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Handling data - pictograms

This activity addresses several National Curriculum (England and Wales) requirements at Key Stage 2 and covers the following Learning Objectives defined by the National Numeracy Strategy Guidelines for England: 

Year 3 Spring, Unit 13, Handling Data. 

Learning Objectives 91 and 93 

Solve a given problem by organising and interpreting numerical data in simple lists, tables and graphs, for example . . . pictograms symbol representing two units. 

Teachers in Scotland will find the activity supports Mathematics 5-14 Information Handling, levels C - D
Strands: Collecting Information
Organising Information
Displaying Information
Interpreting information 

The activity requires pupils to interpret information presented in the form of a pictogram and to express new data in the same form. 

The data has been drawn from the RSPB/BTO report 'The State of the UKs Birds 1999', which illustrates that the populations of many of the UKs most common song birds have declined rapidly during the last 30 years. The rate of decline of individual species indicated in the Student Activity Sheet has been rounded up or down for the purposes of this exercise but the trends are accurate.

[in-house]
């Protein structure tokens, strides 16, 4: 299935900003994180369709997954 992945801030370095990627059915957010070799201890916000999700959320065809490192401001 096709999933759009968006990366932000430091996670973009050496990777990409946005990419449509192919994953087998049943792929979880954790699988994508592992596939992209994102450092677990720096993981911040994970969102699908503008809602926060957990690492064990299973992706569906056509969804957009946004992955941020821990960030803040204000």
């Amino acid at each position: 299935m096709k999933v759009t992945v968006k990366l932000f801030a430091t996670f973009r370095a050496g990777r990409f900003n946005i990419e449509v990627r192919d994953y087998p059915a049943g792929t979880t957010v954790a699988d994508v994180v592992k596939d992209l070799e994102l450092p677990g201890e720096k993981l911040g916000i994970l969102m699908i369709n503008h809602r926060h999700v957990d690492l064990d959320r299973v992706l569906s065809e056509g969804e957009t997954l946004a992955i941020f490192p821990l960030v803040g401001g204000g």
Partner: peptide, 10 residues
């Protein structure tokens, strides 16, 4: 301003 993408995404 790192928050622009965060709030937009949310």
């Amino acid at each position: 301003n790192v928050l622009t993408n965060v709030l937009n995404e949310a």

If pupils show particular interest in this activity they might like to take part in Wildsquare, the childrens wildlife survey being run by the junior section of the RSPB. 

Resources:   Student Data Sheet 

Age Range: Key Stage 2, year 3. 

The Activity 

Using the pictogram on the Student Activity Sheet, pupils are asked to answer a series of questions about the comparative frequency with which different species of birds visited a bird table. From statistics provided, pupils then need to draw a new pictogram illustrating the number of birds that might visit after a period of population decline. 

This activity could be extended to include the collection of data; pupils should record the number and species of birds visiting a bird table or similar defined area over a period of time and then prepare their own pictograms. Consider dividing the class into small groups to record visits in 10-minute periods, to avoid boredom. The provision of an appropriate wild bird food will ensure plenty of visitors.